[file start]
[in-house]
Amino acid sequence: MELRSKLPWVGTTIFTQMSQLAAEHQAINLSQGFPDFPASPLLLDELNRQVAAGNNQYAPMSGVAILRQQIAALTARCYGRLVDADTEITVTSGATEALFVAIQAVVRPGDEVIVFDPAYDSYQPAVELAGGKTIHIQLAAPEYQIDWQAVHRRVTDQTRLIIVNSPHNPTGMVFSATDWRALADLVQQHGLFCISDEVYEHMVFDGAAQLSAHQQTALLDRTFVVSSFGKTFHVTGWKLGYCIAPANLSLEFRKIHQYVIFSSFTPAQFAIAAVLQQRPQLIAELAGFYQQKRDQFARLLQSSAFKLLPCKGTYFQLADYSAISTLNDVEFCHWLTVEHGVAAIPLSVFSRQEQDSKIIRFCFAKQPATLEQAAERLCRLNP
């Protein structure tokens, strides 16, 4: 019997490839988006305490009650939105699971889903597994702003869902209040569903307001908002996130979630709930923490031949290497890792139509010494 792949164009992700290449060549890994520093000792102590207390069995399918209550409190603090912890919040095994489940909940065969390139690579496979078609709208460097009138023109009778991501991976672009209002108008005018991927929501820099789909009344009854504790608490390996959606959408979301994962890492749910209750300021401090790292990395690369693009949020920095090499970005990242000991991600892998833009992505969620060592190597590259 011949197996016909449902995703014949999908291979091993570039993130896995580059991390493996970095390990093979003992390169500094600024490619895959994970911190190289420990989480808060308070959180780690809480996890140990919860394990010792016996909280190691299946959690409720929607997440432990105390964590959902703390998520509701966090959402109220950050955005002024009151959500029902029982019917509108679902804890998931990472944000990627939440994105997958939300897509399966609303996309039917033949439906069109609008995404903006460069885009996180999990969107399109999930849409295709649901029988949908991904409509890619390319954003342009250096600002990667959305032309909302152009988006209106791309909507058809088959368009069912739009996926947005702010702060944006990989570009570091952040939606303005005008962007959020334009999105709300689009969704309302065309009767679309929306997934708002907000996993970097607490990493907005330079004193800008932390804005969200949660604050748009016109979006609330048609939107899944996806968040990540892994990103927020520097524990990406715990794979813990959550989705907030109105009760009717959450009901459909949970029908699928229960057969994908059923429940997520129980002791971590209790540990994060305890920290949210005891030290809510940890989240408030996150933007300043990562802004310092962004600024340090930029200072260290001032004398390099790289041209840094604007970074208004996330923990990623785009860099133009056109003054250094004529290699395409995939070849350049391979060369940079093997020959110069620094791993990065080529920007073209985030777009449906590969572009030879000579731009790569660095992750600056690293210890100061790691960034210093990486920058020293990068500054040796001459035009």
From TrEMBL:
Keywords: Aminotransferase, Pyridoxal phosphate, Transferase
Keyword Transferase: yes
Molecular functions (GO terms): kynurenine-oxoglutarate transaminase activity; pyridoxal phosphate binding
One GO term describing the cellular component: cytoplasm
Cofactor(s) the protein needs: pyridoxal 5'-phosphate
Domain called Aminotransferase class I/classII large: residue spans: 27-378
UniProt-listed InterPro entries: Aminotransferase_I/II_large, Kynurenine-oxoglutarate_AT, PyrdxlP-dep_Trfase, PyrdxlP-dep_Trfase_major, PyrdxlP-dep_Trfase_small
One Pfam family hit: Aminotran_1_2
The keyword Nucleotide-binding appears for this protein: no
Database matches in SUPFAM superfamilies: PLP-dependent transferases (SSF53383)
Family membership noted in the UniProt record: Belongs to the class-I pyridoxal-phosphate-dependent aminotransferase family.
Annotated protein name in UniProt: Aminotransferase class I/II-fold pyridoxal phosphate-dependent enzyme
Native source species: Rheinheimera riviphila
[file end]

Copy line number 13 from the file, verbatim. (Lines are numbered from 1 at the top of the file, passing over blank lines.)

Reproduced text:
The keyword Nucleotide-binding appears for this protein: no